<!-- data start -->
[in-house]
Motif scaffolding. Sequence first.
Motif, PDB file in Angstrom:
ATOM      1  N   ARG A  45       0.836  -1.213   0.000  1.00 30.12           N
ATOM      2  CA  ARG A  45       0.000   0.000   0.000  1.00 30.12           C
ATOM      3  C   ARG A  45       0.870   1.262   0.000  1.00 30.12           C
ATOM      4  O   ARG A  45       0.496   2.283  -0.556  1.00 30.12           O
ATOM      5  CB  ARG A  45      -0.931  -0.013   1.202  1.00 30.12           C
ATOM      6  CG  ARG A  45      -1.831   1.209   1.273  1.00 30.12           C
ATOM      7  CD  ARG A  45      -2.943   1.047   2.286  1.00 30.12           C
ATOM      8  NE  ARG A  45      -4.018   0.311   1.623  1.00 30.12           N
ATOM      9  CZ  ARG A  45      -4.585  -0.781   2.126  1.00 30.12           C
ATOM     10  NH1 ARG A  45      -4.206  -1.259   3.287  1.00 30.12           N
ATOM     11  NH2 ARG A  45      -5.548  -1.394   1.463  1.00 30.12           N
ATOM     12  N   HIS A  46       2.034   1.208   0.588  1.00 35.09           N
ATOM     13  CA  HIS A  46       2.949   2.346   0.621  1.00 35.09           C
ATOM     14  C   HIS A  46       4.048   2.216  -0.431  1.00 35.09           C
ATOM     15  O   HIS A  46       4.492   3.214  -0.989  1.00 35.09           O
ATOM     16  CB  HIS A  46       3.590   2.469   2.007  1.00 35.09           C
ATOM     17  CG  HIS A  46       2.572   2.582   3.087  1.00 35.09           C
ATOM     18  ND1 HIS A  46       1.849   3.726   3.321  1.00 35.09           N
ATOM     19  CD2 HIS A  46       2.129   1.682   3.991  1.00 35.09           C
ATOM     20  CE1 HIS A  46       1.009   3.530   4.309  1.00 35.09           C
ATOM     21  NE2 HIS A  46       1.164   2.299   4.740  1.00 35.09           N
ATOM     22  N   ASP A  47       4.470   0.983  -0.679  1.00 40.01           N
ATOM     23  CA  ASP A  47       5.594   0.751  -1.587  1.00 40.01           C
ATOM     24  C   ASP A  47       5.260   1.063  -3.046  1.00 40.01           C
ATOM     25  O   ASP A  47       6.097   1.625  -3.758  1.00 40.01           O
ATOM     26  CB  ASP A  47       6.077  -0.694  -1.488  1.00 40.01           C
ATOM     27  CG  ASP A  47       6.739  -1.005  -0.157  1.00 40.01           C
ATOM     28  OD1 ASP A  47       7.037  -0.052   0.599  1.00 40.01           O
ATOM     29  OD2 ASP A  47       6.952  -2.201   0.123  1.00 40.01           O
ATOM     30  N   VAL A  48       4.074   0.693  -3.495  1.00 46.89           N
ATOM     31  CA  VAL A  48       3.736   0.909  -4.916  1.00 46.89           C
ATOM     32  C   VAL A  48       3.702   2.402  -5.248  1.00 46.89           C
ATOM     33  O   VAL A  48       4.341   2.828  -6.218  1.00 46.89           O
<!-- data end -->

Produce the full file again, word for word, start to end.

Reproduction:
[in-house]
Motif scaffolding. Sequence first.
Motif, PDB file in Angstrom:
ATOM      1  N   ARG A  45       0.836  -1.213   0.000  1.00 30.12           N
ATOM      2  CA  ARG A  45       0.000   0.000   0.000  1.00 30.12           C
ATOM      3  C   ARG A  45       0.870   1.262   0.000  1.00 30.12           C
ATOM      4  O   ARG A  45       0.496   2.283  -0.556  1.00 30.12           O
ATOM      5  CB  ARG A  45      -0.931  -0.013   1.202  1.00 30.12           C
ATOM      6  CG  ARG A  45      -1.831   1.209   1.273  1.00 30.12           C
ATOM      7  CD  ARG A  45      -2.943   1.047   2.286  1.00 30.12           C
ATOM      8  NE  ARG A  45      -4.018   0.311   1.623  1.00 30.12           N
ATOM      9  CZ  ARG A  45      -4.585  -0.781   2.126  1.00 30.12           C
ATOM     10  NH1 ARG A  45      -4.206  -1.259   3.287  1.00 30.12           N
ATOM     11  NH2 ARG A  45      -5.548  -1.394   1.463  1.00 30.12           N
ATOM     12  N   HIS A  46       2.034   1.208   0.588  1.00 35.09           N
ATOM     13  CA  HIS A  46       2.949   2.346   0.621  1.00 35.09           C
ATOM     14  C   HIS A  46       4.048   2.216  -0.431  1.00 35.09           C
ATOM     15  O   HIS A  46       4.492   3.214  -0.989  1.00 35.09           O
ATOM     16  CB  HIS A  46       3.590   2.469   2.007  1.00 35.09           C
ATOM     17  CG  HIS A  46       2.572   2.582   3.087  1.00 35.09           C
ATOM     18  ND1 HIS A  46       1.849   3.726   3.321  1.00 35.09           N
ATOM     19  CD2 HIS A  46       2.129   1.682   3.991  1.00 35.09           C
ATOM     20  CE1 HIS A  46       1.009   3.530   4.309  1.00 35.09           C
ATOM     21  NE2 HIS A  46       1.164   2.299   4.740  1.00 35.09           N
ATOM     22  N   ASP A  47       4.470   0.983  -0.679  1.00 40.01           N
ATOM     23  CA  ASP A  47       5.594   0.751  -1.587  1.00 40.01           C
ATOM     24  C   ASP A  47       5.260   1.063  -3.046  1.00 40.01           C
ATOM     25  O   ASP A  47       6.097   1.625  -3.758  1.00 40.01           O
ATOM     26  CB  ASP A  47       6.077  -0.694  -1.488  1.00 40.01           C
ATOM     27  CG  ASP A  47       6.739  -1.005  -0.157  1.00 40.01           C
ATOM     28  OD1 ASP A  47       7.037  -0.052   0.599  1.00 40.01           O
ATOM     29  OD2 ASP A  47       6.952  -2.201   0.123  1.00 40.01           O
ATOM     30  N   VAL A  48       4.074   0.693  -3.495  1.00 46.89           N
ATOM     31  CA  VAL A  48       3.736   0.909  -4.916  1.00 46.89           C
ATOM     32  C   VAL A  48       3.702   2.402  -5.248  1.00 46.89           C
ATOM     33  O   VAL A  48       4.341   2.828  -6.218  1.00 46.89           O